Stockspots 2020 Fat Cat Funds report has stated that poor performance is largely due to higher fees, with CEO Chris Brycki highlighting to consumers they would be $200,000 better off if they are in a fund charging less than 1 per cent instead of paying 2 per cent.
“One of the golden rules of superannuation is: the less you pay, the more you get. Always pay less than 1 per cent p.a. in fees so your super isn’t eroded by high fees,” Mr Brycki advised consumers.
“Unfortunately, there are almost twice as many high-fee funds (more than 1 per cent p.a. in fees) than low-fee funds (less than 1 per cent p.a. in fees).”
Mr Brycki noted that people can be reticent to change, and even when they know they’re in a Fat Cat Fund prefer to turn a blind eye than spend the 10 minutes required to save themselves serious cash in the future.
“Sadly, in the eight years of naming the worst-performing Fat Cat Funds, few people have moved out of these funds.
“Retirement may seem a while away, but when you get there and realise you could have been $200,000 richer, it won’t be a good feeling.”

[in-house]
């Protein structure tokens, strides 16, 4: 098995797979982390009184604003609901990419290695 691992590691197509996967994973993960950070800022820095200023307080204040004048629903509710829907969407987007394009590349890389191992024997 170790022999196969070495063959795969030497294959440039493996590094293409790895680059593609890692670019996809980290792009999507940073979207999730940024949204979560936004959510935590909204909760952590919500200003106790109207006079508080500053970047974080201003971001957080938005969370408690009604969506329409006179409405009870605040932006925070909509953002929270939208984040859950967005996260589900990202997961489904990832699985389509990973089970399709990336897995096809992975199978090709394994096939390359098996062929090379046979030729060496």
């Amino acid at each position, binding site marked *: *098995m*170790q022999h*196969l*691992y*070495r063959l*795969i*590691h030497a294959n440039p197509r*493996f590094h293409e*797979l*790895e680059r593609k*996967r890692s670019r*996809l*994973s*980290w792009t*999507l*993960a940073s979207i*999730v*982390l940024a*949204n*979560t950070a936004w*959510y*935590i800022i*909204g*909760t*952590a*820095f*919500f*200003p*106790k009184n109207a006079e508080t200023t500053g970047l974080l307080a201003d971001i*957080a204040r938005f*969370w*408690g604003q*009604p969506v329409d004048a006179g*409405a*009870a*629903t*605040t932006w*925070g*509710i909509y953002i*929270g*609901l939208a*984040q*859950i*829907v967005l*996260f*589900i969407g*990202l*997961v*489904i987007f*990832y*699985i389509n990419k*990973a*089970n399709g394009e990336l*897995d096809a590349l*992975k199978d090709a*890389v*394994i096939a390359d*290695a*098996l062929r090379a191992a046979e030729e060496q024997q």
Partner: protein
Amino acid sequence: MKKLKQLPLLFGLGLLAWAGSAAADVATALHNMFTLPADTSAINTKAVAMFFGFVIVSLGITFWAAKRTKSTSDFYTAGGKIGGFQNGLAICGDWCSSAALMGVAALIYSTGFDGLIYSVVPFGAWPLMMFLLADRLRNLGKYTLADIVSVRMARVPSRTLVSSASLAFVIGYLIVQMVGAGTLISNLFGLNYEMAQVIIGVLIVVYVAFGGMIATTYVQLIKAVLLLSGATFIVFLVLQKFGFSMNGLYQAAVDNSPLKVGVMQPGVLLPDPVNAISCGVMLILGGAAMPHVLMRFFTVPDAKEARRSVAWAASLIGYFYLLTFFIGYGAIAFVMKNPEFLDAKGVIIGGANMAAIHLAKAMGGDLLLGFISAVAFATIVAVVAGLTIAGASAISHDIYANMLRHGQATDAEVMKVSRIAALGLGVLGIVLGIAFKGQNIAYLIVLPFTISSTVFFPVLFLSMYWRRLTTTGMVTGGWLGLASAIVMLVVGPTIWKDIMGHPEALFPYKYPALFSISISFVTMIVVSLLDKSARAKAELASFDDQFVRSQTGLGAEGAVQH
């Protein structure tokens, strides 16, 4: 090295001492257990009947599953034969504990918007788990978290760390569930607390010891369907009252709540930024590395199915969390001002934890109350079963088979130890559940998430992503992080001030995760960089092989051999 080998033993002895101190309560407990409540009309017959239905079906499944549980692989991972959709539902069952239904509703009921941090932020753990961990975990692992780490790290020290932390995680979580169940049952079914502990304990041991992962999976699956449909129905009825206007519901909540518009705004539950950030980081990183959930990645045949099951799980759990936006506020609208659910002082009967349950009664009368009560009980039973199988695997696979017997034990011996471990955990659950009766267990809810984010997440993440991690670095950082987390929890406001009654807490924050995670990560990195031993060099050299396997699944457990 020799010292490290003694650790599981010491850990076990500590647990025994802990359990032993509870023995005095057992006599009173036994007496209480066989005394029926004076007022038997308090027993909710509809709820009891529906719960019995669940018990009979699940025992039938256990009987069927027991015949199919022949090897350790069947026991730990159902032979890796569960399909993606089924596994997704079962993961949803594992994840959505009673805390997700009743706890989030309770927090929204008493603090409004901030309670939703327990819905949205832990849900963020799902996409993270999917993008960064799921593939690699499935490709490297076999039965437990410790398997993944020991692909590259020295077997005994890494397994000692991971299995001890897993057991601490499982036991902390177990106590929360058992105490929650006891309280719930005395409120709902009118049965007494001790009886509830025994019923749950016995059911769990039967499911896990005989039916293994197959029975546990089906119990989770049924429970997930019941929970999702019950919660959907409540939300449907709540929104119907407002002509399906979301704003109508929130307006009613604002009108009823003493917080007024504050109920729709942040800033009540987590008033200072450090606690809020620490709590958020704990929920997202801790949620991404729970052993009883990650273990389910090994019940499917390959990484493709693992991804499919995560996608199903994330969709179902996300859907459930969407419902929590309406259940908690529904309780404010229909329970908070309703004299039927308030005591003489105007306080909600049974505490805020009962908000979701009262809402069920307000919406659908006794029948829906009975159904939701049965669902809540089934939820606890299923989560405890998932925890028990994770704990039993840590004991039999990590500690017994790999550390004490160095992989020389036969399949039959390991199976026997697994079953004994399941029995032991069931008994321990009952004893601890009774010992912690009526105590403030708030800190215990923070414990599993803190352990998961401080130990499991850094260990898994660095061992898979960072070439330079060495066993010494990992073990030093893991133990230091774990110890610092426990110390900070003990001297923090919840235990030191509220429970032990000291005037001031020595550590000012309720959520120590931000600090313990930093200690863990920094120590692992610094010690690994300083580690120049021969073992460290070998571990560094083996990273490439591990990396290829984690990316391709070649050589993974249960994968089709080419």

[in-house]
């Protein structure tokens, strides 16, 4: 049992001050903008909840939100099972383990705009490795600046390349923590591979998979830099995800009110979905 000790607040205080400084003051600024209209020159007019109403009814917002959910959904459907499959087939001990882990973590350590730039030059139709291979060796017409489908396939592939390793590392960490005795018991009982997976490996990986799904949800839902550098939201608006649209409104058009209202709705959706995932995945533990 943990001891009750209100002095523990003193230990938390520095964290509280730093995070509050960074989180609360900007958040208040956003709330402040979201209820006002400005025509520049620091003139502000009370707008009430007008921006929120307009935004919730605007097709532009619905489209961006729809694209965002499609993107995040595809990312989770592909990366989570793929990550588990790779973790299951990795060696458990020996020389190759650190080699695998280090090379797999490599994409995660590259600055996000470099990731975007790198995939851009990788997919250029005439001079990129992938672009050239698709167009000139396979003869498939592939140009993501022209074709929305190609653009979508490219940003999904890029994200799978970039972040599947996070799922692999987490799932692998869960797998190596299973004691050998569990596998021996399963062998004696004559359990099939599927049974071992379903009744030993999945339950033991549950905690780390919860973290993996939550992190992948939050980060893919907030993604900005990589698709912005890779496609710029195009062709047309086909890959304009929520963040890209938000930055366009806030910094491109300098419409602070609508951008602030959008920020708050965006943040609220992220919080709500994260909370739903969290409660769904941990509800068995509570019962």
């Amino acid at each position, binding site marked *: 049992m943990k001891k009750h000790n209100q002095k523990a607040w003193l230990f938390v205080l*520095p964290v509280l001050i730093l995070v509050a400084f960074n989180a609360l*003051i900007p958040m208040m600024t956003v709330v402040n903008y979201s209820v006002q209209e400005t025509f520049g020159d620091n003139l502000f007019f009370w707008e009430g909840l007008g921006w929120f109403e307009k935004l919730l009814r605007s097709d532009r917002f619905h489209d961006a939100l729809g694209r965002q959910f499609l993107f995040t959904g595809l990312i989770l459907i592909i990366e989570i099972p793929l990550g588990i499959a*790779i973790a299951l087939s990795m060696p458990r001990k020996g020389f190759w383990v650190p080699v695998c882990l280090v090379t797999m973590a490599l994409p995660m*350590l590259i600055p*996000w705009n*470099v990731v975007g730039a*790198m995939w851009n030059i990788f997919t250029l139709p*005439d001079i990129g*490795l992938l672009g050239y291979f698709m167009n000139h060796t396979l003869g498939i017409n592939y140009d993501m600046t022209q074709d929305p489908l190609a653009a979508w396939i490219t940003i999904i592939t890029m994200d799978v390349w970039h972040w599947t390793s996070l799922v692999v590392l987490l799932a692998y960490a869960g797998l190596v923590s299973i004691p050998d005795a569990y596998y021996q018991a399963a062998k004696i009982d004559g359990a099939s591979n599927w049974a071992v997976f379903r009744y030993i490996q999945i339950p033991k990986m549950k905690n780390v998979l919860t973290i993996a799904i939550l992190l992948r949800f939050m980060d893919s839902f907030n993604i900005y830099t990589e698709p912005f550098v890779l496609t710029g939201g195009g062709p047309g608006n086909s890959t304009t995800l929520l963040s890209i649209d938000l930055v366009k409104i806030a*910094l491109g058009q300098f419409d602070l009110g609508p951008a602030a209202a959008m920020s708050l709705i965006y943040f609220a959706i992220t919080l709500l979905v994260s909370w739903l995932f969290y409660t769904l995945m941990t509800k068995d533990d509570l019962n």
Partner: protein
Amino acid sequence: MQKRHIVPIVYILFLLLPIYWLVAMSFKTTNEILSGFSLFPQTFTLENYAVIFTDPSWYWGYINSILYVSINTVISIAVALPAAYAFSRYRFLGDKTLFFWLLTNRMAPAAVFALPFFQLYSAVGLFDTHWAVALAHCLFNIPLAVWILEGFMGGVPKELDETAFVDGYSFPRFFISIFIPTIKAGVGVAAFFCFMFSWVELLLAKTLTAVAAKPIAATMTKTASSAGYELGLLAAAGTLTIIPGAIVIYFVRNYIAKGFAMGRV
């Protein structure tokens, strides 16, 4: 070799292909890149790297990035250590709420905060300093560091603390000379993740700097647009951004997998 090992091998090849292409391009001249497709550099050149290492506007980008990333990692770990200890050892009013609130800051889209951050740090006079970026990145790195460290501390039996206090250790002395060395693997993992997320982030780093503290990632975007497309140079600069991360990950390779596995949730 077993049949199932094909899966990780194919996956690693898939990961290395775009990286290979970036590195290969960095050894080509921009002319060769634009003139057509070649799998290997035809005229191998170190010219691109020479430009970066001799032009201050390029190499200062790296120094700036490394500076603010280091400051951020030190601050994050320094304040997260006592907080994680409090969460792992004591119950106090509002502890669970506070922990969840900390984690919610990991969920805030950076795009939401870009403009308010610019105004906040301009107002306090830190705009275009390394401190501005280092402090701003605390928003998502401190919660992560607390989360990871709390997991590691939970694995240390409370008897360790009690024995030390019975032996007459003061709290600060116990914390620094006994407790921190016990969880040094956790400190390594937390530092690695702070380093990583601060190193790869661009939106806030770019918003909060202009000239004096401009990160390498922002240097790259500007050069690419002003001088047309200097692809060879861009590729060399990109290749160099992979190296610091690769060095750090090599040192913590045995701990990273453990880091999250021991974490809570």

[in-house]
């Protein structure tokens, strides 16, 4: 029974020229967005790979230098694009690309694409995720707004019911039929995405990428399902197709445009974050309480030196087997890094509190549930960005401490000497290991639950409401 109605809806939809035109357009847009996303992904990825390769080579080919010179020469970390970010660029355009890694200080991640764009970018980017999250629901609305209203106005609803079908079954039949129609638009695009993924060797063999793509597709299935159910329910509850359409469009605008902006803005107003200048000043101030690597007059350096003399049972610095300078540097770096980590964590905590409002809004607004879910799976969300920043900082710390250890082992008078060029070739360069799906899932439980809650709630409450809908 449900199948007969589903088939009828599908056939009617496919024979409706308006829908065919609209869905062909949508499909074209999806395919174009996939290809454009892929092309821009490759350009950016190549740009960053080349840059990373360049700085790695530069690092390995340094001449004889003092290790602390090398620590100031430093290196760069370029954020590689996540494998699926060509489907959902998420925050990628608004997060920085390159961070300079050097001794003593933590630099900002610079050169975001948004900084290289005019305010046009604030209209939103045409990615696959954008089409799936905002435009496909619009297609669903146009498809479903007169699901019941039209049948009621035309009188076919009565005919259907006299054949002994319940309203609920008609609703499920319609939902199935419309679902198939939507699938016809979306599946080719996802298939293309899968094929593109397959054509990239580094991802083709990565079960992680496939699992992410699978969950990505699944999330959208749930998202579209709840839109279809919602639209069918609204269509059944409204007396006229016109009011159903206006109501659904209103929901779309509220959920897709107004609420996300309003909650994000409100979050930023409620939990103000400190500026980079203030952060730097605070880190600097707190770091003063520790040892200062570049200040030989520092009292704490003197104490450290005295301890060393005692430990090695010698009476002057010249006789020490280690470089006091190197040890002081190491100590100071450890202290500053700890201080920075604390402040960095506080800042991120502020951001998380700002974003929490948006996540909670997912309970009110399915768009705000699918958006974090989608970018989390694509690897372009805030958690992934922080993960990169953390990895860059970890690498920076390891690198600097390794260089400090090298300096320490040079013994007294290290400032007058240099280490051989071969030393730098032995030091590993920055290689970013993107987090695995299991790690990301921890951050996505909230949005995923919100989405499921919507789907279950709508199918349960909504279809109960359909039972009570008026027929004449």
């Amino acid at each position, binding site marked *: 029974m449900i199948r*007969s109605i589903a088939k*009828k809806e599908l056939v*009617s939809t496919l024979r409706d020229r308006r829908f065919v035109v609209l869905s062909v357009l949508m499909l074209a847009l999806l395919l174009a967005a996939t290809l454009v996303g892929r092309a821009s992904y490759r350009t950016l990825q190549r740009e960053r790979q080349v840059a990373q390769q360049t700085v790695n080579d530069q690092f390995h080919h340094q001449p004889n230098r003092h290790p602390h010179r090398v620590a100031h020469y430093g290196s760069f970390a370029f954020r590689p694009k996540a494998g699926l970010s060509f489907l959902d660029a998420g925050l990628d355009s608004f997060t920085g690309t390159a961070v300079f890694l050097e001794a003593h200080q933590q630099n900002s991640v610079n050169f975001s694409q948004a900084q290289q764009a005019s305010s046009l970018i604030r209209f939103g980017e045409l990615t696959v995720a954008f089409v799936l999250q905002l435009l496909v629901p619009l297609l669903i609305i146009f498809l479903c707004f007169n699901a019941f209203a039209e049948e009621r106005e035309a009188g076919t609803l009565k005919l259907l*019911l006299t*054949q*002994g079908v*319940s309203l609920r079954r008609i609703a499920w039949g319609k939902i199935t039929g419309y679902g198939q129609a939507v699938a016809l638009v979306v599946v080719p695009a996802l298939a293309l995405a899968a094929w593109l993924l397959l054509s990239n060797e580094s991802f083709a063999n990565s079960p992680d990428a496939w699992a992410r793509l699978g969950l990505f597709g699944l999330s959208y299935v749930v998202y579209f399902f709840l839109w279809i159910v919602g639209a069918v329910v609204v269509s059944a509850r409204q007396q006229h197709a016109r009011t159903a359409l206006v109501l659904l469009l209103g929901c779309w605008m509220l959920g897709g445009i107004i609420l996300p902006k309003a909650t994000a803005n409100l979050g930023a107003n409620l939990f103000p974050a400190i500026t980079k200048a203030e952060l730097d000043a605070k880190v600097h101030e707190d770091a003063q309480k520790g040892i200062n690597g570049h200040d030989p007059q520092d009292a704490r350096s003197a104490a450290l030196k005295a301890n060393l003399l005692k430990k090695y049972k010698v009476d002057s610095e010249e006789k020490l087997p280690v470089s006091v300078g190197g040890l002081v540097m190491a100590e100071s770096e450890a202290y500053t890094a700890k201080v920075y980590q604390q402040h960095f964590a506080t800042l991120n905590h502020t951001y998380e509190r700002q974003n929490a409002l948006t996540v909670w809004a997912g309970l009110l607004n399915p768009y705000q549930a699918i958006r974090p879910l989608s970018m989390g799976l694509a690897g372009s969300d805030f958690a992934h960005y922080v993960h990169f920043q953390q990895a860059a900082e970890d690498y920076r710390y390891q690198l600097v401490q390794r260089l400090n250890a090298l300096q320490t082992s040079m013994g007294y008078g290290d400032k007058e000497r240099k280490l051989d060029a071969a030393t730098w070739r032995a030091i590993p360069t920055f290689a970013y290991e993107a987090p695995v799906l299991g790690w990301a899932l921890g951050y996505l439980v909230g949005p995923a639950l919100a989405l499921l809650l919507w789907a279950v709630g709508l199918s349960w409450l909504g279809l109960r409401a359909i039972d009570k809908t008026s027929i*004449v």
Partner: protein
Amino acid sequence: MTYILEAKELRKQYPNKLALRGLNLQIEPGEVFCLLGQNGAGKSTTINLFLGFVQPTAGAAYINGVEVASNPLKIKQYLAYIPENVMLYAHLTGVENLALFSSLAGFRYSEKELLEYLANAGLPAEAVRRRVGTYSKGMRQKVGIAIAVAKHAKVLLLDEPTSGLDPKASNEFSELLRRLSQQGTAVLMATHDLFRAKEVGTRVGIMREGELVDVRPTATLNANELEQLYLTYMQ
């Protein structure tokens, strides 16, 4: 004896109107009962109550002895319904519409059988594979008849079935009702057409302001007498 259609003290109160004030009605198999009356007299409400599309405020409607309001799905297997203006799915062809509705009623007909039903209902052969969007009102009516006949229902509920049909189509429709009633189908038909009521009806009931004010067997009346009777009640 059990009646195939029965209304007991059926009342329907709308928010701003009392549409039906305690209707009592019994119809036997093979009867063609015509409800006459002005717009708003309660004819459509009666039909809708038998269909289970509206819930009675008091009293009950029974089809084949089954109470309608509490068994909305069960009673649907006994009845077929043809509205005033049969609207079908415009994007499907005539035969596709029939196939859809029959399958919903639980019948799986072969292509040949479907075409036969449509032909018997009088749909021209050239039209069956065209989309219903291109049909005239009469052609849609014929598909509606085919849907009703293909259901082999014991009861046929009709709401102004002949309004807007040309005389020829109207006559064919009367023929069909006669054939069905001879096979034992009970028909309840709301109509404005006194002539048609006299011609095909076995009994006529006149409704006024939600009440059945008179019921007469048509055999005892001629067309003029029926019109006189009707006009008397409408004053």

The Fat Cats
A superannuation fund is classified as a Fat Cat Fund if they are in the bottom 10 performing super funds within a particular risk group over five years.
The results showed AMP, OnePath and Macquarie are the three worst-performing funds for 2020.
“$5.5 billion of Aussies’ superannuation is sitting in the worst 40 Fat Cat Funds, costing them over $117 million in fees every year. A typical Fat Cat Fund charges 2.13 per cent in fees versus a Fit Cat Fund, which charges 0.97 per cent,” Mr Brycki said.
AMP has been a Fat Cat for eight years in a row, and in 2019 had approximately 1.5 million member accounts, according to ASIC.
AMP also made history by being the first Fat Cat Fund to have a super fund that delivered a negative return over five years, with one of their options delivering a total return of -2.2 per cent.
“The main factors that contribute to low-performing funds are a complex product suite, high fees and poor performing investment options,” Mr Brycki explained.
The Fit Cats
A superannuation fund is classified as a Fit Cat Fund if they are in the top 10 performing funds for a particular risk group over five years.
In 2020, Unisuper, who manages $80 billion of Australians’ superannuation investments, took out the Gold Fit Cat Fund award for the most top-performing funds over five years.
The silver award goes to IOOF, with four Fit Cat Funds, and the bronze award goes to Australia’s largest superannuation fund, AustralianSuper, who manages more than $160 billion for over 2 million members.
The one factor the top three Fit Cat Funds have in common is they all charge less than 1 per cent in fees per year.